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Sir, Palm oil has replaced hydrogenated fats in the western diet. This started in Denmark, where they were banned in 2002. The result? A steep decline in cardiovascular deaths.

Hydrogenated fats are still prevalent in developing countries like India. In 2018 the WHO declared 500,000 deaths a year could be prevented by switching from hydrogenated fat to natural hard fats such as palm and coconut oils, and has set a target of 2023 to eliminate them entirely.

In the 1980s and 1990s, medical advice in Europe and the US to anyone with high blood pressure was to switch from butter to margarine. At the time margarine contained 20% to 30% hydrogenated fat. It was in most processed foods and the EU maintained a tariff on palm oil imports that ensured there was at least a €50 per tonne difference between hydrogenated rapeseed oil and palm oil.

Opinion: The palm oil debate is complex, but Iceland has made a positive difference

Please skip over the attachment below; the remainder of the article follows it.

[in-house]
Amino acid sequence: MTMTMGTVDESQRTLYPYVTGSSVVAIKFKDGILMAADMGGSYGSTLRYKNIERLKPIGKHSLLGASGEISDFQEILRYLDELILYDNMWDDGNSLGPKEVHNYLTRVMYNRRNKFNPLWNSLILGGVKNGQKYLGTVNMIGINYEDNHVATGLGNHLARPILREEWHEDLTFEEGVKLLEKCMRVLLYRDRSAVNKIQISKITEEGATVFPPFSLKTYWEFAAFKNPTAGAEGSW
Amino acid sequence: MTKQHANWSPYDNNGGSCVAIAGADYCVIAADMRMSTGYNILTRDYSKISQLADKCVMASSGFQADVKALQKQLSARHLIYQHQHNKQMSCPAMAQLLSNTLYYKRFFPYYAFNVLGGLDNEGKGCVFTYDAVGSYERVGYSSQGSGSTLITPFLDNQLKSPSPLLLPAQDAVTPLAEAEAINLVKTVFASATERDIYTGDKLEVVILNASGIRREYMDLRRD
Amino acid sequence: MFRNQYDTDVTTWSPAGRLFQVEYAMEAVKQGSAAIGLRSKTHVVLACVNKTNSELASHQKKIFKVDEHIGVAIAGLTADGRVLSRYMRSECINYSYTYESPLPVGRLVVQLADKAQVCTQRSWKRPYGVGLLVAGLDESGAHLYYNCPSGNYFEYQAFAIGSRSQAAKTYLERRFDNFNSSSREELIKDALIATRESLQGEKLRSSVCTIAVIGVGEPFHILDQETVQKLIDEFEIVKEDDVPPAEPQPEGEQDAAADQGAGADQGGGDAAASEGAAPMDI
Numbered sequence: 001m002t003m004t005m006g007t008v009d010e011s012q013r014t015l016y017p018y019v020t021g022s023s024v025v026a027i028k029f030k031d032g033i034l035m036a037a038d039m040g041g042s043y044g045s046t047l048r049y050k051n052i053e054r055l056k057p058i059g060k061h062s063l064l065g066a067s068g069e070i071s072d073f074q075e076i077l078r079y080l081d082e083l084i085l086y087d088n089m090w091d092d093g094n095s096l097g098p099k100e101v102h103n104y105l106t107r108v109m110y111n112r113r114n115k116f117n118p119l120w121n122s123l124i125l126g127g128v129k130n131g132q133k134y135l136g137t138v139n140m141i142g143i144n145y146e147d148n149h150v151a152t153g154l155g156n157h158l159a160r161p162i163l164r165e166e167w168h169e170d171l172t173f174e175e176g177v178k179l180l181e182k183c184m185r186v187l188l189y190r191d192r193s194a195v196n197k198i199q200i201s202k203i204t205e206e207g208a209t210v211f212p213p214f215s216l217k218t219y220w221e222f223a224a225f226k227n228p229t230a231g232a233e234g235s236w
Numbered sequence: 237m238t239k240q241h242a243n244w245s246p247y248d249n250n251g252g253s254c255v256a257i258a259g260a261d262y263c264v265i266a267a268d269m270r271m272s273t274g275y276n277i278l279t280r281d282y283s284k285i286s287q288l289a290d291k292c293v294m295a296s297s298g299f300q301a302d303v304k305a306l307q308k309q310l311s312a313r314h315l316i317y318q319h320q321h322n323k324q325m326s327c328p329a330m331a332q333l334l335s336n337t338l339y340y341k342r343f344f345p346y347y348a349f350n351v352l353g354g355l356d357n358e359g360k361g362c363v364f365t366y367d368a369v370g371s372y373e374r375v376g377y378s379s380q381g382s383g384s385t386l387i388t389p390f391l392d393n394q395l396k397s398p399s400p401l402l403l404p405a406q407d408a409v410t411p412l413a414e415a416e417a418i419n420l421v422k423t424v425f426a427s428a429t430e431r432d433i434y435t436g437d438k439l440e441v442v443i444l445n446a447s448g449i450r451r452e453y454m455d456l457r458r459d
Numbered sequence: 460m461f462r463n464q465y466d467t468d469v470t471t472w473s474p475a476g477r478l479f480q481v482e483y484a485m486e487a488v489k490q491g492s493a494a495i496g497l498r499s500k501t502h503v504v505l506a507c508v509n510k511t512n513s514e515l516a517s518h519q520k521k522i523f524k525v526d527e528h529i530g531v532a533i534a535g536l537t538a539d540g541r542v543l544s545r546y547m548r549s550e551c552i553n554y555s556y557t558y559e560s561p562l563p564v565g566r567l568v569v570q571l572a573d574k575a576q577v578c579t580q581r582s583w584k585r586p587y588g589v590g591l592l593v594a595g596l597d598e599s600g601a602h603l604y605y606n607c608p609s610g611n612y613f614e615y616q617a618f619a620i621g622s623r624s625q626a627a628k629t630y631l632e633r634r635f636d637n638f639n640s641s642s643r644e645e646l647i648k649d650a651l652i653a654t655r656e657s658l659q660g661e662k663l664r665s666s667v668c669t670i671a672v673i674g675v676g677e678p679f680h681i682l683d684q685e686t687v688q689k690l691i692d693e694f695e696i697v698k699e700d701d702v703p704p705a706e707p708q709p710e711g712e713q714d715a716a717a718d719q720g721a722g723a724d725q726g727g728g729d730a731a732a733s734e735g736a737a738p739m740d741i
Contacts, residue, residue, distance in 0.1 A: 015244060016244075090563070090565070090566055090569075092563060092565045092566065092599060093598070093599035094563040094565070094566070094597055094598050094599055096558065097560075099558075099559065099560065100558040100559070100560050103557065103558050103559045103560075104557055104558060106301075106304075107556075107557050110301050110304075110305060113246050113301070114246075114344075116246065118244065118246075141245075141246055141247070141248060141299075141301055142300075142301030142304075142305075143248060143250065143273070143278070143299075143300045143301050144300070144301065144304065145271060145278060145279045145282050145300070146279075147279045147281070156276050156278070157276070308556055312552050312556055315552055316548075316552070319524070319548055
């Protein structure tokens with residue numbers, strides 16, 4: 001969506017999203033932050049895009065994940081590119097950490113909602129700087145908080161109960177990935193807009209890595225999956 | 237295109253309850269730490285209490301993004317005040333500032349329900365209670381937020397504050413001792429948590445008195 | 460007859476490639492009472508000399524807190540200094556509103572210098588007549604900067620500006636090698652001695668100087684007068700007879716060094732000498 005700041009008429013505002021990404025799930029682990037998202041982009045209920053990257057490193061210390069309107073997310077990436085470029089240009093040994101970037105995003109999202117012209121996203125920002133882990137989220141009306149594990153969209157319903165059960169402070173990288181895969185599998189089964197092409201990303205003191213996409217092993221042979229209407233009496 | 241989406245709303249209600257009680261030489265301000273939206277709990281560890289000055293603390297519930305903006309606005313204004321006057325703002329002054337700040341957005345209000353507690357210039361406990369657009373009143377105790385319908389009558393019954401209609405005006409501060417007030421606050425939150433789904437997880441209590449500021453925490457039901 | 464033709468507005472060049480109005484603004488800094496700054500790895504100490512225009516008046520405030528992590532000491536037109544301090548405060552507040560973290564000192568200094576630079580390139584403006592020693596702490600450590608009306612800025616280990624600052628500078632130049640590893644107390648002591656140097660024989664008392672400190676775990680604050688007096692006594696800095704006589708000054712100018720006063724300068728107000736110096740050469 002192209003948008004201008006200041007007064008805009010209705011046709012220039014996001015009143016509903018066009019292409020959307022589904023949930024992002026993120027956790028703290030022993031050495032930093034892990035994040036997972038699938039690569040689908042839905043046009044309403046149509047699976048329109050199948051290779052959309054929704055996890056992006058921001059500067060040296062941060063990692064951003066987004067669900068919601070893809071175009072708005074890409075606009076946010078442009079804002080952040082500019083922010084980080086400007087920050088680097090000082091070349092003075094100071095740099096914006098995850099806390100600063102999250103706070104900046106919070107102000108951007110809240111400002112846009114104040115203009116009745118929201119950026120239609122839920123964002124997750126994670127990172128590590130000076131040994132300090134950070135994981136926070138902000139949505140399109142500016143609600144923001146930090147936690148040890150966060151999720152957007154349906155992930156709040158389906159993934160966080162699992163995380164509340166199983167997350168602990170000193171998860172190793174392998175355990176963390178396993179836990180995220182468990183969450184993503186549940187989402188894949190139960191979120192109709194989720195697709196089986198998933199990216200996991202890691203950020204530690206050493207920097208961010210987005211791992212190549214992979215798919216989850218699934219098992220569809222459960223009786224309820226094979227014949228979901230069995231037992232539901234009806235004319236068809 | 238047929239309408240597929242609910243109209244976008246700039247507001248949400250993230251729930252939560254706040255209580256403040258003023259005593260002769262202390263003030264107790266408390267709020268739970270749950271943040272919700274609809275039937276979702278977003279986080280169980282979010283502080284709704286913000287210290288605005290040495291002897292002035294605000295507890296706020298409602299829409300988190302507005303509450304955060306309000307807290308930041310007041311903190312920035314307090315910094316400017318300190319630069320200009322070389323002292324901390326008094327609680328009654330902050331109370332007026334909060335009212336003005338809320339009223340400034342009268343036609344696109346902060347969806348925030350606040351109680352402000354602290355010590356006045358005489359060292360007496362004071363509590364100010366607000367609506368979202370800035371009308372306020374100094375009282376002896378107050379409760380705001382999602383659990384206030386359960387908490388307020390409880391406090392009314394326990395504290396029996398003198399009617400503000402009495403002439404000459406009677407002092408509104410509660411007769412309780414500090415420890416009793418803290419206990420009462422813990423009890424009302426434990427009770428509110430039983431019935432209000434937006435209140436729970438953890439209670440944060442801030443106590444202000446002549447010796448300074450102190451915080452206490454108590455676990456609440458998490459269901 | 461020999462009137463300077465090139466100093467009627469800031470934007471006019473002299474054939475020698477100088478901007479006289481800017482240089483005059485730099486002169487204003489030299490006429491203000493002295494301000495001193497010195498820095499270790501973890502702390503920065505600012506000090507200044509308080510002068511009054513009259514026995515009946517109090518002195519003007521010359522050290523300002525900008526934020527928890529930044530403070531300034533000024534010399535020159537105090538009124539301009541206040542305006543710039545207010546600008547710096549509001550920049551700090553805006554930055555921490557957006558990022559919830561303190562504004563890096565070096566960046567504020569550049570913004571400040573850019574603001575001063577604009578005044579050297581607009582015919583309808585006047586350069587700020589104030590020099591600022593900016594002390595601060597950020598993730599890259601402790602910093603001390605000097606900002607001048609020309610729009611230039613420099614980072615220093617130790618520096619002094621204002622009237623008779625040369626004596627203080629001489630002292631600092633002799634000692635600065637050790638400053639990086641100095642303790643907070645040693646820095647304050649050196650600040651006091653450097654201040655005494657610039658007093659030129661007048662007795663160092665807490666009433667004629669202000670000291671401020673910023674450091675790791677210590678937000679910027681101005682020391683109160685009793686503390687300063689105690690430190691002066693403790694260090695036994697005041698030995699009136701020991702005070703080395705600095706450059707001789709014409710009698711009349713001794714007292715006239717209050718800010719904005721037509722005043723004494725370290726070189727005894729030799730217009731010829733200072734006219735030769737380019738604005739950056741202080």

When Denmark finally banned hydrogenated fat, the EU introduced the Renewable Transport Fuels Obligation to dispose of rapeseed oil. All diesel fuel in the EU (including in Iceland’s delivery vehicles) contains at least 10% palm oil. In the EU we consume more than twice as much palm oil in diesel engines as we do in food.

Millions of lives are saved every year because palm oil has replaced hydrogenated fat in our diets. We should not forget this. We must, of course, ensure palm oil is responsibly produced. The EU has set a deadline of 2030 to phase out palm oil in diesel fuel. We should stop now.

Craig Sams, founder, Whole Earth Foods and Green & Black’s

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